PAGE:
You know the really funny thing? I think this is a meme dreamed up by people who don’t own any toilets. As Mike Rowe has shown, there is a lot of work to do that doesn’t involve understanding the intricacies of math or the nuances of language. (Whether that means these people are “lower IQ” or “lower ability” is something else. We’ll get into it later.”)
And I know they’ll say those are “demeaning” jobs, and sure some are. But they still need to be done. Others are not. And yet all of them need to be done. Or can be done. Or will enhance our lives by being done.
There are jobs, both pleasant and unpleasant that need what those ivory tower people despise. I have done manual labor. Some of it is pleasant, some less so. The least pleasant of those was ironing all of a hotel’s linen because I was cheaper than the ironing machine. (Which they did have.) It was done in a tiny room in the basement; it was monotonous beyond belief; it was hot, sweaty (it was summer) and humid from the iron; and I got blisters on my hands that burst before I formed calluses.
But I tell you what, I’d rather do that work again than be in an echo-chamber where I have to watch every word and movement lest I betray the different thinking their “diversity” can’t tolerate.
3- “Post necessity” — do let’s unpack that. What do humans need? Food. A place to sleep. (Arguably) A group to be part of. A mate is a fourth distant need, but most people will make do without if they have the other three.
A group to be part of could be argued to be “doing meaningful work” and “being valued.” At least this is a necessity to a lot of people. And btw, meaningful can be “enough to support myself.”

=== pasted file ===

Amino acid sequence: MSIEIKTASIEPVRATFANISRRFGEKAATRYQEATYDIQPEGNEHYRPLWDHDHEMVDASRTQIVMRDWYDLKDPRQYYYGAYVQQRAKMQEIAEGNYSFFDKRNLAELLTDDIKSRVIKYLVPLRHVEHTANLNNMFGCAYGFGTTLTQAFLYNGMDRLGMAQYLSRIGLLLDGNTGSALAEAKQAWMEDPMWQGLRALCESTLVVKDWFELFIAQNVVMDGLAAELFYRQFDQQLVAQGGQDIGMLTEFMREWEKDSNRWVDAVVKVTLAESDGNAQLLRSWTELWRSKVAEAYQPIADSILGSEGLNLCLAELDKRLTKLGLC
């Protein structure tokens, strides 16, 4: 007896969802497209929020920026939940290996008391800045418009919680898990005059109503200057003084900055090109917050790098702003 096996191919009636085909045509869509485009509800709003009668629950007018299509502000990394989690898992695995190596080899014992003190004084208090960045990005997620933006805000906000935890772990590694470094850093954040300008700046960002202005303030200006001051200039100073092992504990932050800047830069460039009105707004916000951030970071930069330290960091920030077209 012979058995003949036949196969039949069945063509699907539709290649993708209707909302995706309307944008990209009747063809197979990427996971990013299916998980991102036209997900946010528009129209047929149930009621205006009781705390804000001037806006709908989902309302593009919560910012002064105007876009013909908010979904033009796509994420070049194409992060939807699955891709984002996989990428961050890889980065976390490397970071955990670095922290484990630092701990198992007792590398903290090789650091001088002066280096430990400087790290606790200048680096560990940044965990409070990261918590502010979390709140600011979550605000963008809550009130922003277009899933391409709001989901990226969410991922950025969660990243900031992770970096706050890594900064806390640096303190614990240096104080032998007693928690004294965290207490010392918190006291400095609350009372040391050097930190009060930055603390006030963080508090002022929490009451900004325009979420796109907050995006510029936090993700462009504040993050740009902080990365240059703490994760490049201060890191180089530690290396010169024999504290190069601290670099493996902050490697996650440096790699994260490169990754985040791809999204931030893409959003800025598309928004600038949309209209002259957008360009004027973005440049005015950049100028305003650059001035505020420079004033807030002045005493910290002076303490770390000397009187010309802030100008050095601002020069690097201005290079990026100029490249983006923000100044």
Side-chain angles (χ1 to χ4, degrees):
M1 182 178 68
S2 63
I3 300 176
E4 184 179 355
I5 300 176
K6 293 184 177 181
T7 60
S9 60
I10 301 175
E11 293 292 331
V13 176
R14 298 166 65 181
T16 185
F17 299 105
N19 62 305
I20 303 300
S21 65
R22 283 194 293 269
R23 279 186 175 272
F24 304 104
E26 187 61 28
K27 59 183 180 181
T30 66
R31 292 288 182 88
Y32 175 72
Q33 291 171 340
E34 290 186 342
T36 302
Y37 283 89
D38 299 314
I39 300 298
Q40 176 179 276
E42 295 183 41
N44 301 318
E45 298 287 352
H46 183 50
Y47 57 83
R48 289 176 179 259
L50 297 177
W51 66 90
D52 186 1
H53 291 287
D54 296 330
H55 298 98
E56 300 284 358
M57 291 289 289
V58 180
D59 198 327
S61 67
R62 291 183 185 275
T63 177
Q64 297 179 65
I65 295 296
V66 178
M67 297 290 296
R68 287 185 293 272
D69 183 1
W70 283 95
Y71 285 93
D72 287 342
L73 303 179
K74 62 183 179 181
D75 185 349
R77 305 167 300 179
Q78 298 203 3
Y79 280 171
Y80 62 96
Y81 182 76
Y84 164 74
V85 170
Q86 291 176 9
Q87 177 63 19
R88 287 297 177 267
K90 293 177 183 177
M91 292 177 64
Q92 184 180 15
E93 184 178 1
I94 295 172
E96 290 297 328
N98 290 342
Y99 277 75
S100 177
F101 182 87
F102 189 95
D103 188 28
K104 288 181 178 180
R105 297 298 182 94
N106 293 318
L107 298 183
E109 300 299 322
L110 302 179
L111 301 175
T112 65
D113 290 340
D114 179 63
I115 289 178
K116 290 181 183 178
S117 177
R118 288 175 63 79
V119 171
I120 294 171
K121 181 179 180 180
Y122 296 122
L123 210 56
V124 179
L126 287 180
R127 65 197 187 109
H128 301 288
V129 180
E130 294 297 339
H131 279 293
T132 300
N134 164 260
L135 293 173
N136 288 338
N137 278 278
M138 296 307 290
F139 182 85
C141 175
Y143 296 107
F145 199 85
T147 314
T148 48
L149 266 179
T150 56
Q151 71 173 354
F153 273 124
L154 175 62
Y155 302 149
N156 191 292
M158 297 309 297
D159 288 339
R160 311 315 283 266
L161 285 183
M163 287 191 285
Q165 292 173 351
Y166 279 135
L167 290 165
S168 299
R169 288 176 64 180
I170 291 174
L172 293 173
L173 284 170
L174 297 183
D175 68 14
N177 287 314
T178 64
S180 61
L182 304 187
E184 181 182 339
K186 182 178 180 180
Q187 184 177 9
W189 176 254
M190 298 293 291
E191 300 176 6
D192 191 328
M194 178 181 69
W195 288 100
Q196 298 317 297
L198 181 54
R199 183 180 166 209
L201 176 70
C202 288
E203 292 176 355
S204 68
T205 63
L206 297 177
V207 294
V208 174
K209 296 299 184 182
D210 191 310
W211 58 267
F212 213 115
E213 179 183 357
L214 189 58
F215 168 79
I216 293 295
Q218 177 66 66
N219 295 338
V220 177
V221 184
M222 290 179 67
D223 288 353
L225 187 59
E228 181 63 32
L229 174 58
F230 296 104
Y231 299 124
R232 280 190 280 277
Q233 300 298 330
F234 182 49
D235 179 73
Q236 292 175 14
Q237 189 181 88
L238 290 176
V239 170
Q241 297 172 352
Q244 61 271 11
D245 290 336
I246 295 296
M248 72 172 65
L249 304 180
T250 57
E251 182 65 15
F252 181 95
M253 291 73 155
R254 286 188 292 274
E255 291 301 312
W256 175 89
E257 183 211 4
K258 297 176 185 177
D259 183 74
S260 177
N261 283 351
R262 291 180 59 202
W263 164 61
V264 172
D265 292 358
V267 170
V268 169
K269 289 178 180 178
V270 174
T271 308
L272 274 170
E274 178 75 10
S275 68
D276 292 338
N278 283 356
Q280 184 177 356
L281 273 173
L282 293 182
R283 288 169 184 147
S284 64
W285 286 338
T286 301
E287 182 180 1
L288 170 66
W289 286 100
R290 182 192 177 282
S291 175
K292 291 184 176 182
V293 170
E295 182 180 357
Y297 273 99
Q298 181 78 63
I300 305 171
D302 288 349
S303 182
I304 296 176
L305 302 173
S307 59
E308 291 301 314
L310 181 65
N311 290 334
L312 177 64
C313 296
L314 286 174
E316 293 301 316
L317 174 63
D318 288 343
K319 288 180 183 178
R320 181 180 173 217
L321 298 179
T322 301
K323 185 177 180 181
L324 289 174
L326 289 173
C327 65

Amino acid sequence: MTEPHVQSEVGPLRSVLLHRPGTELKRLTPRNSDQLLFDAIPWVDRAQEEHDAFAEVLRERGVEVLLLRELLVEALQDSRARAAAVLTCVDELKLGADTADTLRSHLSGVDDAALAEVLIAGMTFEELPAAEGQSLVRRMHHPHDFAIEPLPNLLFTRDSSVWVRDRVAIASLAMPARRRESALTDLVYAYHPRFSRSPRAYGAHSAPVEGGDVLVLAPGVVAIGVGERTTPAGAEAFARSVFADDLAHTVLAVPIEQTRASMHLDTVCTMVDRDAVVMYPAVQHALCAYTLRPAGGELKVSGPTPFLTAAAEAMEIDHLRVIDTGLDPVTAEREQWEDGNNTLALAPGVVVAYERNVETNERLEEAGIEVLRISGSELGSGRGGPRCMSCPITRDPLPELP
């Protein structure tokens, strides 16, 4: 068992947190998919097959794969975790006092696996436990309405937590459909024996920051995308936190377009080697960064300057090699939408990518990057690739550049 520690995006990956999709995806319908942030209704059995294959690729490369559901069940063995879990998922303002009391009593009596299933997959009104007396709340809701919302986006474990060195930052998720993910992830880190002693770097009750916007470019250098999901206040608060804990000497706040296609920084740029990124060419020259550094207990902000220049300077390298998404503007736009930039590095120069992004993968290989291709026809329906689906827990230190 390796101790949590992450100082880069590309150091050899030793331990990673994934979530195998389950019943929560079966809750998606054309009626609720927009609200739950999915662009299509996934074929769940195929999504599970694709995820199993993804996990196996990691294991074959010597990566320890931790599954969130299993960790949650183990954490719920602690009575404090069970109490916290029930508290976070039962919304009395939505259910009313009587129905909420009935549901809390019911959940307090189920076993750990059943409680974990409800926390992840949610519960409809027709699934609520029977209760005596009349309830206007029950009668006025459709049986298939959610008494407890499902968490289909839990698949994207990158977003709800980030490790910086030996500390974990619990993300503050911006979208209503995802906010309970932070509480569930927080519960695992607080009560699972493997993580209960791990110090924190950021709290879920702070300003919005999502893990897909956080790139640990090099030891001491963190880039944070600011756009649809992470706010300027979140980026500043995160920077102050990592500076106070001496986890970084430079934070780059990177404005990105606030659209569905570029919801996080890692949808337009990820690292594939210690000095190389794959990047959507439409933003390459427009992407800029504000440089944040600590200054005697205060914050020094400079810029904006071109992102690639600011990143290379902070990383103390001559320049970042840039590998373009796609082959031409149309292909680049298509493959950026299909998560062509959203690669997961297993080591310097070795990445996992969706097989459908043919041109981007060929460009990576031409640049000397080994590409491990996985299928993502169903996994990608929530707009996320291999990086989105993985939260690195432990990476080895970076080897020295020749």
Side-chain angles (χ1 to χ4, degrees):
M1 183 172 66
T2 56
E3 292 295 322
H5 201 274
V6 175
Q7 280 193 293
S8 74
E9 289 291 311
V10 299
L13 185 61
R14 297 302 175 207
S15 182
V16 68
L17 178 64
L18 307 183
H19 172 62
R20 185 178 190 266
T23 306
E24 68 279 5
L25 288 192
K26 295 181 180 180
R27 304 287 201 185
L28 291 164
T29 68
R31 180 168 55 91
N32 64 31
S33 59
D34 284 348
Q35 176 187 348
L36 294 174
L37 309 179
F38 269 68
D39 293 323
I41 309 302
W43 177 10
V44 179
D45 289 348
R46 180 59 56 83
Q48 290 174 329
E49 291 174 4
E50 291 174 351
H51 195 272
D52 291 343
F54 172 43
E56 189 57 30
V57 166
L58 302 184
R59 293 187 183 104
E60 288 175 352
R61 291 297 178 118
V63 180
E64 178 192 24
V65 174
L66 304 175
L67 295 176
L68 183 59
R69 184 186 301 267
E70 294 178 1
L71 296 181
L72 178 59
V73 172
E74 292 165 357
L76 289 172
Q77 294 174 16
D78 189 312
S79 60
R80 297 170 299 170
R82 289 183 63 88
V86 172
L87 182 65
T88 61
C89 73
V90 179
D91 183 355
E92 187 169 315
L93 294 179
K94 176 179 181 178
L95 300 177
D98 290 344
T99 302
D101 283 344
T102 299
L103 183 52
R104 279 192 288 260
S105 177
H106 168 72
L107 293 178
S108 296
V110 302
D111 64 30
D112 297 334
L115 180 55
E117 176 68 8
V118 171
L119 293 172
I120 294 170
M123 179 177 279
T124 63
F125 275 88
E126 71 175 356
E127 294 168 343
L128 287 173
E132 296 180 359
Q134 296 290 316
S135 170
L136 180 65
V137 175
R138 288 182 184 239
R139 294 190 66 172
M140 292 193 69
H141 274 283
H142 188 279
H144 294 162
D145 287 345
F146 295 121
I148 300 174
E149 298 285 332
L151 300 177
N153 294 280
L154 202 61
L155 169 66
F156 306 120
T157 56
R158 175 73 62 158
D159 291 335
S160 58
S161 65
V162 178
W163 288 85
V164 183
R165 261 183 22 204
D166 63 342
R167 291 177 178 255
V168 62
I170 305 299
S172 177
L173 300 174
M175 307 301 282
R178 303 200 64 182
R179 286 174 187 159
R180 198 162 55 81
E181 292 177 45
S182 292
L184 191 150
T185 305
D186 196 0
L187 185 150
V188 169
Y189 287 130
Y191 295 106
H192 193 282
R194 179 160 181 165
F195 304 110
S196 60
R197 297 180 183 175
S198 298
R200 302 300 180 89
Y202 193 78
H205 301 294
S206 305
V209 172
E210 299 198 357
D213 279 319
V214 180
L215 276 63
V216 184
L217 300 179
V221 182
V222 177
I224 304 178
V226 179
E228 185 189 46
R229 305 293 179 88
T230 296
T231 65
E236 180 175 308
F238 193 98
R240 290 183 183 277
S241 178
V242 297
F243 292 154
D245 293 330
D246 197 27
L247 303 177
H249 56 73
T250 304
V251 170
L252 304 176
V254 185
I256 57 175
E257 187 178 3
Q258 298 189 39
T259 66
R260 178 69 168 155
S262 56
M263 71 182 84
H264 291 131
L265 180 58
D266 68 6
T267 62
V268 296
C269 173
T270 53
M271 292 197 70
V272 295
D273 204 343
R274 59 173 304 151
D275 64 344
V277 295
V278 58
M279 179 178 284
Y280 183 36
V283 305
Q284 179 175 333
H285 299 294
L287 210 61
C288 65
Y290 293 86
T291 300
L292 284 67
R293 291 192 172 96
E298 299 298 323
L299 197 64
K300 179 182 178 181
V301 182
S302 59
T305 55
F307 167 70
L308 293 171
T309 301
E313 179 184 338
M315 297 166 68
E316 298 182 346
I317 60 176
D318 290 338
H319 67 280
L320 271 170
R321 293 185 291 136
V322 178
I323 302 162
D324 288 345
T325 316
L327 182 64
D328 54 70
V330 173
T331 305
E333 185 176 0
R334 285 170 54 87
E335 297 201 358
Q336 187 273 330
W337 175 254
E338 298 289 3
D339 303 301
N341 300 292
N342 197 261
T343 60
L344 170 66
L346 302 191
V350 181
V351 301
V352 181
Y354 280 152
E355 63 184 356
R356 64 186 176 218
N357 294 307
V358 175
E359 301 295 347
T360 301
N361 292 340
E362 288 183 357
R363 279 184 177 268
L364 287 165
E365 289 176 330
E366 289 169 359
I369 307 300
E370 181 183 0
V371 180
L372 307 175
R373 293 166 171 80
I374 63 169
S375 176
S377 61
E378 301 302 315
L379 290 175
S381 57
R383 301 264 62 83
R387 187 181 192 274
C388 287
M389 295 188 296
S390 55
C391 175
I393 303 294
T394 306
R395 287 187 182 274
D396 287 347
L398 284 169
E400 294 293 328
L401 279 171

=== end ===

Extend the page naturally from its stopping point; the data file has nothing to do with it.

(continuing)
The way society is RIGHT NOW it’s very easy to achieve those needs at a level that far exceeds the luxuries of the noblemen in the middle ages. A part time, minimum wage job is enough to secure a room, a bed (arguably much cleaner than in the middle ages, let alone before) enough food to keep body and soul together (rice and oil is cheap, so are vegetables, actually) and most work will make you part of a group, even if it’s the group that works at the convenience store down the street.
And mind you, the way most people in the middle ages lived, even the drudge in the meanest kitchen or the beggar on the streets was already MUCH better than the live of homo sap when they took over Europe. (Meals might not have been as plentiful, but they were more regular. And danger was rather lower, even if epidemics were more common.)
All of which brings us to: we’ve been post necessity since pre-historic times. Arguably, agriculture did that. Did all those poor people who only knew how to gather berries and who were “too stupid to plant” die?
Nope. We still have their work-shy descendants in government bureaucracy today.
The main characteristic of humans is that they ADAPT. They create, they invent. One of the things they continually invent is a better life for themselves. Humans dream. They dream they can do something different. They dream they can create something new, something so amazing other humans will want it. It will become a necessity for those other humans.